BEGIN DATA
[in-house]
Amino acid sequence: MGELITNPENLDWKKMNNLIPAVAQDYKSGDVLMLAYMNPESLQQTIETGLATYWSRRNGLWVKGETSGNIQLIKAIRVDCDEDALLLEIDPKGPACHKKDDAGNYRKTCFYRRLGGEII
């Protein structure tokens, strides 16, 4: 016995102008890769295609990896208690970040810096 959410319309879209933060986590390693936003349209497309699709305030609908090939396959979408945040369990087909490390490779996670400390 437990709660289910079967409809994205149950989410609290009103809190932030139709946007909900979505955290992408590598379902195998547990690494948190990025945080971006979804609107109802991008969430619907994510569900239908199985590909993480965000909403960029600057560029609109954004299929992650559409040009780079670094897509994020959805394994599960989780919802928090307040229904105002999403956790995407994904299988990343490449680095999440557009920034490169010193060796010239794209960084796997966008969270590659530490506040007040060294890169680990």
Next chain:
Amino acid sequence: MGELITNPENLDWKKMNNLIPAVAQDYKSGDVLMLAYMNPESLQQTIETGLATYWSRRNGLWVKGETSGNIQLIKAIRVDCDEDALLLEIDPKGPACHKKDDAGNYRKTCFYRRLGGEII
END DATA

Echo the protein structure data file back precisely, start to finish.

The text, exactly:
[in-house]
Amino acid sequence: MGELITNPENLDWKKMNNLIPAVAQDYKSGDVLMLAYMNPESLQQTIETGLATYWSRRNGLWVKGETSGNIQLIKAIRVDCDEDALLLEIDPKGPACHKKDDAGNYRKTCFYRRLGGEII
């Protein structure tokens, strides 16, 4: 016995102008890769295609990896208690970040810096 959410319309879209933060986590390693936003349209497309699709305030609908090939396959979408945040369990087909490390490779996670400390 437990709660289910079967409809994205149950989410609290009103809190932030139709946007909900979505955290992408590598379902195998547990690494948190990025945080971006979804609107109802991008969430619907994510569900239908199985590909993480965000909403960029600057560029609109954004299929992650559409040009780079670094897509994020959805394994599960989780919802928090307040229904105002999403956790995407994904299988990343490449680095999440557009920034490169010193060796010239794209960084796997966008969270590659530490506040007040060294890169680990």
Next chain:
Amino acid sequence: MGELITNPENLDWKKMNNLIPAVAQDYKSGDVLMLAYMNPESLQQTIETGLATYWSRRNGLWVKGETSGNIQLIKAIRVDCDEDALLLEIDPKGPACHKKDDAGNYRKTCFYRRLGGEII